Readers’ wildlife photos: Duck O’ the Day

March 29, 2020 • 7:45 am

From now on, every Sunday’s wildlife photos will comprise ducks, for evolutionist John Avise has kindly offered to send weekly allotments of duck photos to get us through the pandemic. Each Sunday will feature one species of duck, and your job is to guess the species. I will put the correct answer below the fold, along with an interesting Fact About That Duck.

This will give you a chance, during our joint quarantine, to learn some of the many species of this awesome group, and to see their pervasive sexual dimorphism. John has about 21 species of North American duck, so that should keep us occupied for 5 months, and (knock on wood) perhaps the pandemic will have abated by then.

Here’s the Duck O’ the Day. What species is it? (Answer and fact below the fold.)





What’s that duck? Click “read more” for the answer and a Duck Fact.


Duck O’ the Day: The Lesser Scaup (Aythya affinis)

John’s Duck Fact:

This “diving duck” feeds by surface-diving and then swimming underwater, often in open bays.  In winter, they sometimes congregate on the surface in large flocks called “flotillas”.

4 thoughts on “Readers’ wildlife photos: Duck O’ the Day

  1. At first I thought it was a goldeneye, but realized it doesn’t have the signature white spot on the cheek.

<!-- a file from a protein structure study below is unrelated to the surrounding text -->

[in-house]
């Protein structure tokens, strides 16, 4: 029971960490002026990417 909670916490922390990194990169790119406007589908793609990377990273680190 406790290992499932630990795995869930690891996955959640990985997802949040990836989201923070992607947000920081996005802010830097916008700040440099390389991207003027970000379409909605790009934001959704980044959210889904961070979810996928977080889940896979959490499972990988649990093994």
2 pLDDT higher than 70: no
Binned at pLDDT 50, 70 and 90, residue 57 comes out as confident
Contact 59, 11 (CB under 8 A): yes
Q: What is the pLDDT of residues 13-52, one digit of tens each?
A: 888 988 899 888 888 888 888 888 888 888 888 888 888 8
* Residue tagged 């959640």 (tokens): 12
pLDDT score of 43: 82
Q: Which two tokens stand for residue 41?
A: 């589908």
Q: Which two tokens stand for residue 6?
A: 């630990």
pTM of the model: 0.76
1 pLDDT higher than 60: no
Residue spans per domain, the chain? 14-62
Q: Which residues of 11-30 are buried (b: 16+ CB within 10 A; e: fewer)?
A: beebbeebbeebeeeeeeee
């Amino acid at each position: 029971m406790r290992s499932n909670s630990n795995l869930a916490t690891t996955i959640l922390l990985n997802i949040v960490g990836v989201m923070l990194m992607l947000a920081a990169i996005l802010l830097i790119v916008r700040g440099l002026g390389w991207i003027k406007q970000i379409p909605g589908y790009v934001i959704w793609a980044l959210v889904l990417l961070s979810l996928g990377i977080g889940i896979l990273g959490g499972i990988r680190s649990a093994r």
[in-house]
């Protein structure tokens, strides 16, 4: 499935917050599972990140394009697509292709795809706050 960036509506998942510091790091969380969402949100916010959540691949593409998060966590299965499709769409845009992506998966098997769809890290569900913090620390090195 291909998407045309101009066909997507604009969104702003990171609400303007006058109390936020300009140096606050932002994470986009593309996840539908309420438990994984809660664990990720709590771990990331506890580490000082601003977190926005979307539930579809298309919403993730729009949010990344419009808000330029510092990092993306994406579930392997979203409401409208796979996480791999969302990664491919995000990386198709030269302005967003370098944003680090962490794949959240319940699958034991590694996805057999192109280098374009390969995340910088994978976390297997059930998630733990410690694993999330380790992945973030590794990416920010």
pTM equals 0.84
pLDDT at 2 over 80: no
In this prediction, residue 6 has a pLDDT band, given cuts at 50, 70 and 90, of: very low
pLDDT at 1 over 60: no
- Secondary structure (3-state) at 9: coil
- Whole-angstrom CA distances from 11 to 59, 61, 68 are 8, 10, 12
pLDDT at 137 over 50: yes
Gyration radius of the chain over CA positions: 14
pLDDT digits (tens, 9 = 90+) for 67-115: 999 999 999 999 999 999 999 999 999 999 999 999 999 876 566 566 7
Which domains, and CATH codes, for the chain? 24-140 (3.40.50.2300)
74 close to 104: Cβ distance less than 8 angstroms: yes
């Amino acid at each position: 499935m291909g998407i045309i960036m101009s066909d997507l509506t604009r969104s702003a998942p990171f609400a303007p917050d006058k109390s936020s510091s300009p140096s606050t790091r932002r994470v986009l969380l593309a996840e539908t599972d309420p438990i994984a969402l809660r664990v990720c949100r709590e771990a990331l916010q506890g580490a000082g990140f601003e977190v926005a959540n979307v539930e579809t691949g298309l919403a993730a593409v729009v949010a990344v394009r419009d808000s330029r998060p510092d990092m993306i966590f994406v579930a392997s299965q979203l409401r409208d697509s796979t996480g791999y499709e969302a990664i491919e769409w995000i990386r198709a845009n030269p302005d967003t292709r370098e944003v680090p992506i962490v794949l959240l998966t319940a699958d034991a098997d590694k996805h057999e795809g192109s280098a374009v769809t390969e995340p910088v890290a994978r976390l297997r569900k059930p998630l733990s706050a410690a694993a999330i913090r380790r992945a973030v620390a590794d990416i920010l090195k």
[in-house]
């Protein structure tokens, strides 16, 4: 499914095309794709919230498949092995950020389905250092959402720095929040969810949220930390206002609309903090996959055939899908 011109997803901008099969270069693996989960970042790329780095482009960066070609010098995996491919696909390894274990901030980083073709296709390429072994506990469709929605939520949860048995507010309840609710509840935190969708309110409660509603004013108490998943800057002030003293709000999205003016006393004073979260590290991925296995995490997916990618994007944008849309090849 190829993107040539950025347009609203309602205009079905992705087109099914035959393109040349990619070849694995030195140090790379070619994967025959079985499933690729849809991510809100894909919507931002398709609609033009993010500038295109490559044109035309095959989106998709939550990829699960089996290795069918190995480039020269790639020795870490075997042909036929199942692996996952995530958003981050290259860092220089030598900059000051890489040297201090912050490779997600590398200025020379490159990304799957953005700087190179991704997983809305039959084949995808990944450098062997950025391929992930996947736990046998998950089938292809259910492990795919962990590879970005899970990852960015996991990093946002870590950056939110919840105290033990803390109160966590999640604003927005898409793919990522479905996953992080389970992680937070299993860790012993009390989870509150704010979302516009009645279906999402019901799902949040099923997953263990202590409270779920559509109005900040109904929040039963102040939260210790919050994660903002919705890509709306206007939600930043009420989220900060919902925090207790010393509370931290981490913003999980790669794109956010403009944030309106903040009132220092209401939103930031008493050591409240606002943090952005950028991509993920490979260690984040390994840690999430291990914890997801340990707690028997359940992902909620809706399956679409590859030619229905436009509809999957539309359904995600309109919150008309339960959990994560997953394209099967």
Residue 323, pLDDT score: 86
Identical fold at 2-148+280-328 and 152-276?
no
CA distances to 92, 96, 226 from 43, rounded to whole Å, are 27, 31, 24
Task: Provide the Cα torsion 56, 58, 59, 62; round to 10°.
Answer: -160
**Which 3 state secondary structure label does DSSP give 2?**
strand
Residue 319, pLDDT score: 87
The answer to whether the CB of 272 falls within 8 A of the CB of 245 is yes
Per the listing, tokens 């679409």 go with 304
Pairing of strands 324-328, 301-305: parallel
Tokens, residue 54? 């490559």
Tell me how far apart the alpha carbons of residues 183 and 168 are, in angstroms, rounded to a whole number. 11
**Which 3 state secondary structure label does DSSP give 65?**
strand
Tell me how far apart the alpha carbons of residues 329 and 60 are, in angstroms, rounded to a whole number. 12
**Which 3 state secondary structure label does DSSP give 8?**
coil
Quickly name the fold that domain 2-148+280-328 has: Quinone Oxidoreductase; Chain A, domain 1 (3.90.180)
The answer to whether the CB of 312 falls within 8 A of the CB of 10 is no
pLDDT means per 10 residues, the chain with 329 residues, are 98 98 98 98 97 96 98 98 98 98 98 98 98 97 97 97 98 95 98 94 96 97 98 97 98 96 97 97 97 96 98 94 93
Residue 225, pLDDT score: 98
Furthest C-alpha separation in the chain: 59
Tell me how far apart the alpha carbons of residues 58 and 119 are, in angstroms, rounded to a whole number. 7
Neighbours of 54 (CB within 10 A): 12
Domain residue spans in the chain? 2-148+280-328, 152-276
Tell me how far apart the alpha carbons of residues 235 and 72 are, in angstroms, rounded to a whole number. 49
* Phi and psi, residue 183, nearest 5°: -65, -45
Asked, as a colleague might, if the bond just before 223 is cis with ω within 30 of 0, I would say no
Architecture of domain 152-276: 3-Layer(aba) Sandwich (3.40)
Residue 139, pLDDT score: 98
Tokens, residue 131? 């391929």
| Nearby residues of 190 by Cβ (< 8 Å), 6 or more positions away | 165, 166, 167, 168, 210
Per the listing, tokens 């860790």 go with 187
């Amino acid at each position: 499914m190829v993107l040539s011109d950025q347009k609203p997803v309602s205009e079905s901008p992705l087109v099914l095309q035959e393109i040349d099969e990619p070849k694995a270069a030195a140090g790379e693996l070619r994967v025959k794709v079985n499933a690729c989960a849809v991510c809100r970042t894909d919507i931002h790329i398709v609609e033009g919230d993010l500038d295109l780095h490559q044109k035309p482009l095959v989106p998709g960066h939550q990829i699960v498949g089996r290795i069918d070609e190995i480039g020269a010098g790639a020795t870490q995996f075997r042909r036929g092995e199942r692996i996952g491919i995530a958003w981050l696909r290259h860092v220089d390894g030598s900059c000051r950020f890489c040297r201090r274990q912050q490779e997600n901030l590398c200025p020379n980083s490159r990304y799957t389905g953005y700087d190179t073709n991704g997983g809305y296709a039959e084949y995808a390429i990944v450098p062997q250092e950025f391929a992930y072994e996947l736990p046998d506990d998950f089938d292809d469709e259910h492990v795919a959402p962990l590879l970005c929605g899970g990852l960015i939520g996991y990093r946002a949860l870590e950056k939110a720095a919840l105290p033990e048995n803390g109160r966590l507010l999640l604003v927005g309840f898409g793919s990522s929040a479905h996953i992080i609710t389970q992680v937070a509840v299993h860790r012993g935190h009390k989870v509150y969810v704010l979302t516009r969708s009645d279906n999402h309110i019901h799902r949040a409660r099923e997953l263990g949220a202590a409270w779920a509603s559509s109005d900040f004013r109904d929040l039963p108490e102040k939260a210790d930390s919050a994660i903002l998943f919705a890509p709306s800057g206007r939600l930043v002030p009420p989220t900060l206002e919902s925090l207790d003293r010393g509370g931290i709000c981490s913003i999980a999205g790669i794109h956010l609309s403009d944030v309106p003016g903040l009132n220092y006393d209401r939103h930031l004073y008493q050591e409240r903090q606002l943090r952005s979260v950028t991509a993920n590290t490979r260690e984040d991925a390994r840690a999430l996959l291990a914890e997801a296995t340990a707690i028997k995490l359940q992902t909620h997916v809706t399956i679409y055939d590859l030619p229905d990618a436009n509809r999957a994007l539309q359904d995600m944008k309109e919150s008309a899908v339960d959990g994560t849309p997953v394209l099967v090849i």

2. I see John has decided to start us off with one of the trickiest duck identifications out there. Greater and Lesser Scaup are VERY similar. Many birders, even experienced ones, can’t tell the difference—and the other day I had to leave my first two scaup of the year as Scaup(sp.?) as, although I felt they were Lesser, they were too far out for me to be sure.

    Greater (Aythya manila) is larger as the name suggests, but this is usually only useful for i.d. with a mixed flock (or perhaps I should say flotilla!). John’s superb first photo shows a key difference: the white wing-stripe only extends half-way down the wing in Lesser, as opposed to much further in Greater. This is difficult to see in the field, though, as they beat their wings so fast in flight. Easier to use is when a bird on the water stretches out a wing (or both) as the scaup in the photo is doing, although of course there’s no guarantee they’ll do this. Head shape may be best mark — note the tiny crest at the back of the crown, which Greater lacks. Finally, the iridescence on the head is green in Greater, more purple in Lesser, but this depends on the light and can be misleading — note the second photo!

    I’m looking forward to this Sunday series. And it’s duck time right now where I am as the birds return this spring. Going out birding alone is not violating social distancing in my book if you give any people you may encounter a wide berth.

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